(Ernie, Robbie and little Chip)
On September 6, 2010 between the hours of 8:30-11:30p, my dog, Ellie Mae, gave birth to three boys. We named them Robbie, Chip and Ernie, in reference to the 'sons' on the 1960's TV show, 'My Three Sons'. Two of the 'boys' were healthy and strong. One of them, Chip was a preemie. We knew it was going to be a struggle to keep him alive and healthy. But, my wife and I decided it was worth the effort and we had to take the responsibility to do so.
For the first week, it wasn't so bad. Little Chip would get pushed around when he was nursing so we had to keep an eye on him to make sure he was getting his share. As added nourishment, we were told tube feeding him as a supplement would be good. We were nervous about doing this as putting the tube in wrong could go down his lungs instead of his belly. But, after awhile, we got comfortable with what we were doing.
The second week, something changed. Chip was no longer nursing and was strictly relying on the tube feeding for his meals. No matter how hard we tried, he wouldn't take his mother's milk. We had to tube feed him every 4 hours day and night to keep him alive.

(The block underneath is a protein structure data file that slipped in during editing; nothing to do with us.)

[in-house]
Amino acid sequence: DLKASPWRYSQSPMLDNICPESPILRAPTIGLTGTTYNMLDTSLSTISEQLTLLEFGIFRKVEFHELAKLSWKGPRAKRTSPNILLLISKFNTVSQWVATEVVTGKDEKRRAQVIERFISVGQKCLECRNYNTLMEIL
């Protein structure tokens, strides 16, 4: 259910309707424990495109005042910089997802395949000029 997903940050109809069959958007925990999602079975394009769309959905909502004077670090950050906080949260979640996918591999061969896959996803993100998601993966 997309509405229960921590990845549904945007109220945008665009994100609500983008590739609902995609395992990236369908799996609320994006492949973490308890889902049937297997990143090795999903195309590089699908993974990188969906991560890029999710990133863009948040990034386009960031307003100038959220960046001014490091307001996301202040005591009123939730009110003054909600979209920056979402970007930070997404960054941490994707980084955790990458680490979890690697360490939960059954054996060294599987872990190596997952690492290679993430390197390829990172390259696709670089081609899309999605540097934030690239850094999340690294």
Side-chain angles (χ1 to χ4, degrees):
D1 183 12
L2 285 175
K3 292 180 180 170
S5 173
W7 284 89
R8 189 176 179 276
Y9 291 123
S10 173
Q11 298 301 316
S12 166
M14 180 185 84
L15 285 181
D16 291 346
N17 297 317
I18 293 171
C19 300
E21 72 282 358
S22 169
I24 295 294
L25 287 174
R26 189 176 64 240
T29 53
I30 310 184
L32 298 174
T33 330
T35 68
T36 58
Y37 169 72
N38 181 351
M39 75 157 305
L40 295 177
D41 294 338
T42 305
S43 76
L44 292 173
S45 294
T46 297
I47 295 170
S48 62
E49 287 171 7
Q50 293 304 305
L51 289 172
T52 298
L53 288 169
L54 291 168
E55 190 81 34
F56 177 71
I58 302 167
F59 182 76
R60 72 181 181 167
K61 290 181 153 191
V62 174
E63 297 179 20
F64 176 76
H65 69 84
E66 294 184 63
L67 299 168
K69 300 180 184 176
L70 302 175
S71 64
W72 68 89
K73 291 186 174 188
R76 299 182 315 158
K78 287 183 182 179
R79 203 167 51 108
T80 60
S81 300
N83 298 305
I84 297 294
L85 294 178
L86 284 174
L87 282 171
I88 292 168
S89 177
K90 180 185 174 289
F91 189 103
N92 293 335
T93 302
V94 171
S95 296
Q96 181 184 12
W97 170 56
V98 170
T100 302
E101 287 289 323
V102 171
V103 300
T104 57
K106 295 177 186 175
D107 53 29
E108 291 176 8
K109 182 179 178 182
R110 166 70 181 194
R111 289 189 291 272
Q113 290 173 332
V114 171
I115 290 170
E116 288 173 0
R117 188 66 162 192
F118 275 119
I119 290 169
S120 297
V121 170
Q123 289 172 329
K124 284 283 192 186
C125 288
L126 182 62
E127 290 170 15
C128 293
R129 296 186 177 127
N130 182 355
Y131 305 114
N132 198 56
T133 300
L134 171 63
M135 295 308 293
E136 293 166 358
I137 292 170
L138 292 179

It was hard. Boy, was it hard. My wife would set the alarm in the middle of the night and we would both feed him. One of us would stay with the puppies to make sure they were ok at night. Little Chip, whose legs and arms weren't fully developed yet, struggled to keep warm and would cry at night as to find his brothers to lay next to them. We then had to pick him up and have him snuggle to one of his siblings, which would quiet him down. Until they moved, and we would have to do it again.
As time went on and I grew more tired by the day, I realized that my past marathon training really was helping me get through this time. I knew I couldn't give up. That, this would end at some point and, if I kept going, the reward would be at the end of the adventure. So, through the tiredness, we pushed on because we felt little Chip was worth it and would make a good pet someday. As the days went on, he was gaining weight, grams at a time, but still the weight was going up, not down.
I wish I could tell you this story had a happy ending. Little Chip died on Sunday, September 26 in the morning. Nature, indeed, loves her little surprises. Even though Chip lived for three weeks, he left a mark in our lives, one that we will not soon forget. In looking back, I can only say we wouldn't have done it any other way except change the outcome.
So, those who are thinking about doing a marathon or are training for a marathon, know that what you are doing is not just preparing for a race but preparing for things in life that will test your patience, your endurance, your soul. And, at the end, no matter what the outcome, you will be a better person for it.